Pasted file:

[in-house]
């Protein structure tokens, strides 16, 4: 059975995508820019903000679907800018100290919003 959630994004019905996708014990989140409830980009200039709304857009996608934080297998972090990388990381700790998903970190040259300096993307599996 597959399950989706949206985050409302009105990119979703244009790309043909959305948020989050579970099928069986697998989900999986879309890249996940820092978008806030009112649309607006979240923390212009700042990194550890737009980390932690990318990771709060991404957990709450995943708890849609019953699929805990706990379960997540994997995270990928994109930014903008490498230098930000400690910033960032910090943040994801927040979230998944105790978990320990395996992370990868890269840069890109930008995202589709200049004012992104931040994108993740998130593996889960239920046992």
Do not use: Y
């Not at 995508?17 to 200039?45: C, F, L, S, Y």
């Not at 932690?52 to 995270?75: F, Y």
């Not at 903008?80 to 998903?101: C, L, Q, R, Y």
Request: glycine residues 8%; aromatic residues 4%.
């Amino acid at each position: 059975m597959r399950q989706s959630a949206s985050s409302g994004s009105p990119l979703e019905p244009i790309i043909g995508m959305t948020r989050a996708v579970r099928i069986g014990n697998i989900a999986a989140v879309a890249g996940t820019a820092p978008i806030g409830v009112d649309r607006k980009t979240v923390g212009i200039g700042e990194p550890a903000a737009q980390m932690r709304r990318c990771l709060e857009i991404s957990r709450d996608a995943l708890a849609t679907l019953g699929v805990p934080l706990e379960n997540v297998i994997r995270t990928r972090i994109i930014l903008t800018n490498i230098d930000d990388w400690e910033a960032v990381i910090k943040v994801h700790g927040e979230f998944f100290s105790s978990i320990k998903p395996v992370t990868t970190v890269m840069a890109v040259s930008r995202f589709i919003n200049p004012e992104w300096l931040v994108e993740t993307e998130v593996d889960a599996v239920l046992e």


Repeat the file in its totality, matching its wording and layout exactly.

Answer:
[in-house]
């Protein structure tokens, strides 16, 4: 059975995508820019903000679907800018100290919003 959630994004019905996708014990989140409830980009200039709304857009996608934080297998972090990388990381700790998903970190040259300096993307599996 597959399950989706949206985050409302009105990119979703244009790309043909959305948020989050579970099928069986697998989900999986879309890249996940820092978008806030009112649309607006979240923390212009700042990194550890737009980390932690990318990771709060991404957990709450995943708890849609019953699929805990706990379960997540994997995270990928994109930014903008490498230098930000400690910033960032910090943040994801927040979230998944105790978990320990395996992370990868890269840069890109930008995202589709200049004012992104931040994108993740998130593996889960239920046992």
Do not use: Y
């Not at 995508?17 to 200039?45: C, F, L, S, Y």
């Not at 932690?52 to 995270?75: F, Y």
């Not at 903008?80 to 998903?101: C, L, Q, R, Y």
Request: glycine residues 8%; aromatic residues 4%.
């Amino acid at each position: 059975m597959r399950q989706s959630a949206s985050s409302g994004s009105p990119l979703e019905p244009i790309i043909g995508m959305t948020r989050a996708v579970r099928i069986g014990n697998i989900a999986a989140v879309a890249g996940t820019a820092p978008i806030g409830v009112d649309r607006k980009t979240v923390g212009i200039g700042e990194p550890a903000a737009q980390m932690r709304r990318c990771l709060e857009i991404s957990r709450d996608a995943l708890a849609t679907l019953g699929v805990p934080l706990e379960n997540v297998i994997r995270t990928r972090i994109i930014l903008t800018n490498i230098d930000d990388w400690e910033a960032v990381i910090k943040v994801h700790g927040e979230f998944f100290s105790s978990i320990k998903p395996v992370t990868t970190v890269m840069a890109v040259s930008r995202f589709i919003n200049p004012e992104w300096l931040v994108e993740t993307e998130v593996d889960a599996v239920l046992e």